Regulatory Developments

Last updated: 
2 weeks 3 days ago
Blog Manager

One of Jisc’s activities is to monitor and, where possible, influence regulatory developments that affect us and our customer universities, colleges and schools as operators of large computer networks. Since Janet and its customer networks are classified by Ofcom as private networks, postings here are likely to concentrate on the regulation of those networks.

Postings here are, to the best of our knowledge, accurate on the date they are made, but may well become out of date or unreliable at unpredictable times thereafter. Before taking action that may have legal consequences, you should talk to your own lawyers.

NEW: To help navigate the many posts on the General Data Protection Regulation, I've classified them as most relevant to developing a GDPR compliance process, GDPR's effect on specific topics, or how the GDPR is being developed. Or you can just use my free GDPR project plan.

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Blog Article

The General Data Protection Regulation's Article 4(1) establishes six principles for any processing of personal data. It's interesting to compare how federated authentication – where a student authenticates to their university/college, which then provides relevant assurances to the website they want to access – performs against those principles when compared with traditional direct logins to websites.

Blog Event

[UPDATE] A recording of the webinar is now available

The General Data Protection Regulation (GDPR) will require all organisations to examine their processing of personal data. Understanding why and how data are being processed, and what the appropriate legal basis is for the processing, will be essential if organisations are to meet the GDPR’s requirements for information provision and data subject rights.

Online
Friday, March 16, 2018 - 12:30
Blog Article

I was recently invited by EDUCAUSE to present a webinar on GDPR to their community of mostly North American universities and colleges. The number of participants indicates that European data protection law is a topic of interest. But the most common question was why, as non-EU organisations, they should care about GDPR. So I wrote a blog post, which EDUCAUSE have now published...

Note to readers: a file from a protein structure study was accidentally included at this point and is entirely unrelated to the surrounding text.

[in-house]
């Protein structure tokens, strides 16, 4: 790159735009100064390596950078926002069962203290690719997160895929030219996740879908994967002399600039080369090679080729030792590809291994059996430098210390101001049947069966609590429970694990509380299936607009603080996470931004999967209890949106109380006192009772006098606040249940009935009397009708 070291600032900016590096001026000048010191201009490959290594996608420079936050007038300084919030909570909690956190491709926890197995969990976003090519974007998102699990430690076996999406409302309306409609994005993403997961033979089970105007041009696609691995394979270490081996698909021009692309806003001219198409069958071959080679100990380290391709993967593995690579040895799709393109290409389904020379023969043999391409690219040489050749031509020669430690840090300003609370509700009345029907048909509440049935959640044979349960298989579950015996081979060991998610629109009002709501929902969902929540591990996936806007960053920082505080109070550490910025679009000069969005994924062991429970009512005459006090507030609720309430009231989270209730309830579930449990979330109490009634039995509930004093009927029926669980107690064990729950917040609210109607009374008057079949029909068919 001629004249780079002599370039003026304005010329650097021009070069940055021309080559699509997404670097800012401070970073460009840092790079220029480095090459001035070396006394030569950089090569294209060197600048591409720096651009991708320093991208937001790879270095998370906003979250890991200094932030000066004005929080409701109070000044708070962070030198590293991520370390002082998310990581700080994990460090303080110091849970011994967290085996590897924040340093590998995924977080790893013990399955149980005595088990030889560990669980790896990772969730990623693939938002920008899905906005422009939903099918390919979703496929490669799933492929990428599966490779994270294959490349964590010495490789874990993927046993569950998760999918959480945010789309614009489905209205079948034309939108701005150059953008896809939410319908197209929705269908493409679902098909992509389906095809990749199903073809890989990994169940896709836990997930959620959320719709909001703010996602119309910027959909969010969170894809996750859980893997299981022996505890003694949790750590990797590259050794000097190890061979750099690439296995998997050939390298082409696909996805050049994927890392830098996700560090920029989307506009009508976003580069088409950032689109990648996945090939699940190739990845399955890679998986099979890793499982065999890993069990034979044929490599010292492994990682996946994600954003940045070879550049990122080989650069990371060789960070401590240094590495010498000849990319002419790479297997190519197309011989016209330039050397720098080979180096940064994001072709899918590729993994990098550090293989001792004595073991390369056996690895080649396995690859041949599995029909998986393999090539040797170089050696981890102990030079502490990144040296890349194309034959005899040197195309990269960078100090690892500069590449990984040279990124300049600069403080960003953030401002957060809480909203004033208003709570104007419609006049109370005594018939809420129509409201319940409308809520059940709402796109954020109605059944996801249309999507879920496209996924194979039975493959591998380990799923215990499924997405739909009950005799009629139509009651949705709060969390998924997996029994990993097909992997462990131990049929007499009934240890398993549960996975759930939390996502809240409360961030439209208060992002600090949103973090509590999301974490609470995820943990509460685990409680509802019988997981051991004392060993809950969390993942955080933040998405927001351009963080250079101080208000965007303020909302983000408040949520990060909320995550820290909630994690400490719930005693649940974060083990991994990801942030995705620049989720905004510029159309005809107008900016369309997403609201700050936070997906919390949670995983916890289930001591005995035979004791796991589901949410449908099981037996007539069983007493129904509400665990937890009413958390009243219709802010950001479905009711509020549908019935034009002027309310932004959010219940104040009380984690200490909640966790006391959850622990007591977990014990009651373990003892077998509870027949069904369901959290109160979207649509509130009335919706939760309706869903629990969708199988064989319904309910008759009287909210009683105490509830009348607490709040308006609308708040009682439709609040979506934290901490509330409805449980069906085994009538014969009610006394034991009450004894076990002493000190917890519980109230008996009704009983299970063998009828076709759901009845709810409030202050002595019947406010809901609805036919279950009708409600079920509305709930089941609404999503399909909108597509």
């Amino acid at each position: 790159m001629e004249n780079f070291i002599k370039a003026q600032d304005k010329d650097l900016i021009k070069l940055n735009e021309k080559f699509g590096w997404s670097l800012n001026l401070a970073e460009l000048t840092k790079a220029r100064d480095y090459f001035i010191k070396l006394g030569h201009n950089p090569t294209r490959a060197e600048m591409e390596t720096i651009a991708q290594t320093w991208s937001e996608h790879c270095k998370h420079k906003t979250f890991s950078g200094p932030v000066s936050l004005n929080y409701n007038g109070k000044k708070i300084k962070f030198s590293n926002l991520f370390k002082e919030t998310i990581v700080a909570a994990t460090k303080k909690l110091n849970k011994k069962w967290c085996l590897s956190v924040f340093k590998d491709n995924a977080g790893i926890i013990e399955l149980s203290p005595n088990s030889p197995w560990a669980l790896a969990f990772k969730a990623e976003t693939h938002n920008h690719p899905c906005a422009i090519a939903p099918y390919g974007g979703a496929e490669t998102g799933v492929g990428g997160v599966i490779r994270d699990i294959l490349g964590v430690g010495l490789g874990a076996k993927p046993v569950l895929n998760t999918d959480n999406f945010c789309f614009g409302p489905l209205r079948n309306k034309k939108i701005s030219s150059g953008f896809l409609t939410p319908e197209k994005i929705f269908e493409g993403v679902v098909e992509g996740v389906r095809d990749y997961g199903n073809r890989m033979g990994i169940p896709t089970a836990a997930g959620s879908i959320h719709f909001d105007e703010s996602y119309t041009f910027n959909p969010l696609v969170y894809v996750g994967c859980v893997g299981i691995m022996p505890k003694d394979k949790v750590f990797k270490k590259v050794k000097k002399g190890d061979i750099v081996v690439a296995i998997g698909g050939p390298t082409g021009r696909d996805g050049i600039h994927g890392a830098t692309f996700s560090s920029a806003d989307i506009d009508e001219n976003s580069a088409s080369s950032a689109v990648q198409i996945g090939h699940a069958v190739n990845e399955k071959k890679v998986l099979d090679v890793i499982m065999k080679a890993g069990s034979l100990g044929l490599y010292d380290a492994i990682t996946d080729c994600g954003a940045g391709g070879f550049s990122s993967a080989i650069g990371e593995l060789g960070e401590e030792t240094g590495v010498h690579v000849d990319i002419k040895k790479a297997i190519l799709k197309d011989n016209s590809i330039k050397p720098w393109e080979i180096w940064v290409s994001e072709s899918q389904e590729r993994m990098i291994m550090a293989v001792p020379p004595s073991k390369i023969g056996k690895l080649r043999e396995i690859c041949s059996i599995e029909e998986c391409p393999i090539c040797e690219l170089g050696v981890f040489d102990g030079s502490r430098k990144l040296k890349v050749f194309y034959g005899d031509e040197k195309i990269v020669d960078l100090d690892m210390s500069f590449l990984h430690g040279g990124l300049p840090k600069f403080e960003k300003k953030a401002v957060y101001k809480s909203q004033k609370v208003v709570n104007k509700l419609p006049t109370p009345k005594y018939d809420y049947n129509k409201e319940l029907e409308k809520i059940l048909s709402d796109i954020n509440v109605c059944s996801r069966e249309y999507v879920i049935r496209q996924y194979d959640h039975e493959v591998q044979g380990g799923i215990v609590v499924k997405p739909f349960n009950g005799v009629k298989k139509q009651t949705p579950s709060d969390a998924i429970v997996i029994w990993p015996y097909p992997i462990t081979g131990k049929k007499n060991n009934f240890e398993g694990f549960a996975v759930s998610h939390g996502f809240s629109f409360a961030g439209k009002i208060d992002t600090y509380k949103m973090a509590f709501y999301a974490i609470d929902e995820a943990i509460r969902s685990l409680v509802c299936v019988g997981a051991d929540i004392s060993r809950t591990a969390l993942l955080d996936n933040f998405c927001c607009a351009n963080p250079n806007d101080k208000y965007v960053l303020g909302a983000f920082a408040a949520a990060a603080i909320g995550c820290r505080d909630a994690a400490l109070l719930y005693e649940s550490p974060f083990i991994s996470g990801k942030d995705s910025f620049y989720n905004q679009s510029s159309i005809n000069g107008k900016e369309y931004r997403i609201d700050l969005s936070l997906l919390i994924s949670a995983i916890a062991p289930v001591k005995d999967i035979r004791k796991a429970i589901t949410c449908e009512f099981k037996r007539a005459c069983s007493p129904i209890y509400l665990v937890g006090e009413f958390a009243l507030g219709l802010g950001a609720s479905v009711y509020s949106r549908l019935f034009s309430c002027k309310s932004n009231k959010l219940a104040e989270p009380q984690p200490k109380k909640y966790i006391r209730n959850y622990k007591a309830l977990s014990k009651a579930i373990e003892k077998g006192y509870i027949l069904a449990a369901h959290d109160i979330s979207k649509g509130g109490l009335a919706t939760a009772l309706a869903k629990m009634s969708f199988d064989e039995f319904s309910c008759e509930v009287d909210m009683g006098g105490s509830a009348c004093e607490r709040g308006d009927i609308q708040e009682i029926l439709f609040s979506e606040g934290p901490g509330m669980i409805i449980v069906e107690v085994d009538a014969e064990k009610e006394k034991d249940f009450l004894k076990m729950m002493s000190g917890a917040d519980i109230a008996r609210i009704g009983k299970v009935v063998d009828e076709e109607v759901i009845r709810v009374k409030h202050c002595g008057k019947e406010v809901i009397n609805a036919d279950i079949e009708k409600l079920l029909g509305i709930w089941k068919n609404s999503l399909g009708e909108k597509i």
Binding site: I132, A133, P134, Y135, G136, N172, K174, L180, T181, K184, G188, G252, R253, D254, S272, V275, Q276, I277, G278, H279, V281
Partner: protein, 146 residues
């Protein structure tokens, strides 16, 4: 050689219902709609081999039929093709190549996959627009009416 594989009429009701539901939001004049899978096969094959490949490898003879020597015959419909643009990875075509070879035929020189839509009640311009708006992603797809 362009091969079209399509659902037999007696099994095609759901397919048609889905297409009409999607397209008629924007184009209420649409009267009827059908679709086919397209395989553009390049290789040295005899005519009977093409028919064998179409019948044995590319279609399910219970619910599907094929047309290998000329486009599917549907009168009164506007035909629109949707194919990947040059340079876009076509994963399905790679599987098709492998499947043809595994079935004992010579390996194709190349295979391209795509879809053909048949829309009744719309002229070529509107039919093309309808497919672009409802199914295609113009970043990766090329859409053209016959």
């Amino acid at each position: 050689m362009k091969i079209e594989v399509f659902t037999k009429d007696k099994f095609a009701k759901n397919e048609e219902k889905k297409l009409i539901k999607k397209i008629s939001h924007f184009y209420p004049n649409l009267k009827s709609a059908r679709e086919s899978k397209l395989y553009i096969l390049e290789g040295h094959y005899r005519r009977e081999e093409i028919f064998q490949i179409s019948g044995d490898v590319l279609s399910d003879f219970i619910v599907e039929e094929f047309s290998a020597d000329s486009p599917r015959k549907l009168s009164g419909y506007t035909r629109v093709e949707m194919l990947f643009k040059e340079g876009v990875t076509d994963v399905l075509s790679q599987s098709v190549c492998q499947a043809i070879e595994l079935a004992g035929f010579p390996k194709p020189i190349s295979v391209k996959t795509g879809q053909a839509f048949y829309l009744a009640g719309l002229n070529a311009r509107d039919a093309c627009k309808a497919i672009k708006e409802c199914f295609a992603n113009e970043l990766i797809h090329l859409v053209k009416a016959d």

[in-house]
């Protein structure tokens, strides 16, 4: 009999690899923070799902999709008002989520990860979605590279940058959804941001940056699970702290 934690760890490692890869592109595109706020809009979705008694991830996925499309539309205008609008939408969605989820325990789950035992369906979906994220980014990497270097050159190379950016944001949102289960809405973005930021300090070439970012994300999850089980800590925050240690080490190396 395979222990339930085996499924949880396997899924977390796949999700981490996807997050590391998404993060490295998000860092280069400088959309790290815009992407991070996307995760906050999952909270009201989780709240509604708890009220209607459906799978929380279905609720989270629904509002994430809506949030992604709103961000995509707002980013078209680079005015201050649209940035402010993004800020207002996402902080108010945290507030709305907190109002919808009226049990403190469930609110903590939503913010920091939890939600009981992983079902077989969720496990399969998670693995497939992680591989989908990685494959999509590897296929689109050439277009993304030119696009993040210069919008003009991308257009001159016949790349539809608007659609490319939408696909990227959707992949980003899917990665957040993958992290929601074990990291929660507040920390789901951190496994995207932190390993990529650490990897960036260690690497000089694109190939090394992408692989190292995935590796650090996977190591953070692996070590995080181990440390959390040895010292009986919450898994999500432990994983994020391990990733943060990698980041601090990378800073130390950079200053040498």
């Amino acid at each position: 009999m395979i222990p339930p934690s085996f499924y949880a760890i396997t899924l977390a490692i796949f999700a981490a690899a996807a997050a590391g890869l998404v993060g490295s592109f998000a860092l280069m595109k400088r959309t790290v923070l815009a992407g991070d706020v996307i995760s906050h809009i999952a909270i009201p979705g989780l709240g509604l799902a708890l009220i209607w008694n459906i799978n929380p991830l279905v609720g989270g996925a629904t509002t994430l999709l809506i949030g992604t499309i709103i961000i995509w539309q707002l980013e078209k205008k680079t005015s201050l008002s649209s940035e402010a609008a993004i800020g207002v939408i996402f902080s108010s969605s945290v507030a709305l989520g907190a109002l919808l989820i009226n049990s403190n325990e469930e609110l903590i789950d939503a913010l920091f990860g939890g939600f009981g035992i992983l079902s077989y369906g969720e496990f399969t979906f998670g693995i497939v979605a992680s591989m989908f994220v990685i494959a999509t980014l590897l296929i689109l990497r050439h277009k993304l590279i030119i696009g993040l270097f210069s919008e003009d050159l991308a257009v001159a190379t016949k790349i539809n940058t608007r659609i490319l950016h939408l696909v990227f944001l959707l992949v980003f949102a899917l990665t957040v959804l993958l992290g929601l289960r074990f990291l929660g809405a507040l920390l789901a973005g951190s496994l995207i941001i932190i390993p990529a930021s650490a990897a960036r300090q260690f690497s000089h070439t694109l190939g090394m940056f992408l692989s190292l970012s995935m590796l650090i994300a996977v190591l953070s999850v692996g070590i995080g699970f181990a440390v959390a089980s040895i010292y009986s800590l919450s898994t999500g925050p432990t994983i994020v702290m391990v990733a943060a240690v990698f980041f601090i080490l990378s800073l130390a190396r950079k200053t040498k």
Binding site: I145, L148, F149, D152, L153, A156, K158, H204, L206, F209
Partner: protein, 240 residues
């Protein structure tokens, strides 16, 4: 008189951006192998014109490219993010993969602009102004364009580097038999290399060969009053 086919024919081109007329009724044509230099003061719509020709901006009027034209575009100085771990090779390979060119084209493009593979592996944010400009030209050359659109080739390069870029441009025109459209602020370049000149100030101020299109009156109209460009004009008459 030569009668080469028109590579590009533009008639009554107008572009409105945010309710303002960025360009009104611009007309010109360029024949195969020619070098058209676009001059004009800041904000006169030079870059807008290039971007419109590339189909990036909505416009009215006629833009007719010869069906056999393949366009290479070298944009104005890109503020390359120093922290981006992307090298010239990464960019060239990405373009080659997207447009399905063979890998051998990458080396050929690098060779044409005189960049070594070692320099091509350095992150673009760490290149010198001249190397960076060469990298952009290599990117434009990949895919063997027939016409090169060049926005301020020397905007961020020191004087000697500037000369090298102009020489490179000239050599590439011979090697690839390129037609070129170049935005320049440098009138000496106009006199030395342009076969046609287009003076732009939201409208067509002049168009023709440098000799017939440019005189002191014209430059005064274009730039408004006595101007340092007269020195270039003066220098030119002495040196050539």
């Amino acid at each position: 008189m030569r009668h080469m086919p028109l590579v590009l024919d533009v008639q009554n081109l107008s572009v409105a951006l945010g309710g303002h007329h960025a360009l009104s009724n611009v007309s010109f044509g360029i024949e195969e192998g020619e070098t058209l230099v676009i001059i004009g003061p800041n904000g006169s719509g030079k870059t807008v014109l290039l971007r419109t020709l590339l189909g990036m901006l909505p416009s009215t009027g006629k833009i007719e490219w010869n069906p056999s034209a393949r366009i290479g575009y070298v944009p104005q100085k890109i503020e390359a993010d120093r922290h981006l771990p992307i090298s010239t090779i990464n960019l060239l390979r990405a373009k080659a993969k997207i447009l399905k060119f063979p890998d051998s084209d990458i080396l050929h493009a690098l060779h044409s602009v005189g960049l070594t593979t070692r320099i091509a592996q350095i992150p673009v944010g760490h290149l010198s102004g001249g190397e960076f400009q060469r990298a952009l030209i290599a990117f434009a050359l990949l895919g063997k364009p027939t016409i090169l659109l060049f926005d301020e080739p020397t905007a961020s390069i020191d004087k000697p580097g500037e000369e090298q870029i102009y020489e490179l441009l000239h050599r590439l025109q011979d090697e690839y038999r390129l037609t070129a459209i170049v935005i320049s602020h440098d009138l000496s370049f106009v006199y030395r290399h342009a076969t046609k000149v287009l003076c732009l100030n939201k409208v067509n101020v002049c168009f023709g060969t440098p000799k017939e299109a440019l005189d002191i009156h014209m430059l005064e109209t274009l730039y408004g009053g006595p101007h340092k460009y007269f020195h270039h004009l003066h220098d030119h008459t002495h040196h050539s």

Blog Article

Collections of free text – whether in database fields, documents or email archives – present a challenge both for operations and under data protection law. They may contain personal data but it's hard to find: whether you're trying to use it, to ensure compliance with the data protection principles, or to allow data subjects to exercise their legal rights. Some level of risk is unavoidable in these collections, but there are ways to reduce it.

Blog Article

When incident response teams (CSIRTs) detect an attack on their systems, they normally report details back to the network or organisation from which the attack comes. This can have two benefits for the reporter: in the short term, making the attack stop; in the longer term helping that organisation to improve the security of its systems so they are less likely to be used in future attacks.

Blog Article

The Article 29 Working Party's guidance on Breach Notification suggests some things we should do before a security breach occurs. The GDPR expects data controllers, within 72 hours of becoming aware of any security breach, to determine whether there is a risk to individuals and, if so, to report to the national Data Protection Authority. It seems unlikely that an organisation that hasn't prepared is going to be able to manage that.

Blog Article

Article 22 of the GDPR contains a new, and oddly-worded, "right not to be subject to a decision based solely on automated processing". This only applies to decisions that "produce[] legal effects … or similarly significantly affect[]" the individual. Last year, the Article 29 Working Party's draft guidance on interpreting this Article noted that an automated refusal to hire a bicycle – because of insufficient credit – might reach this threshold.

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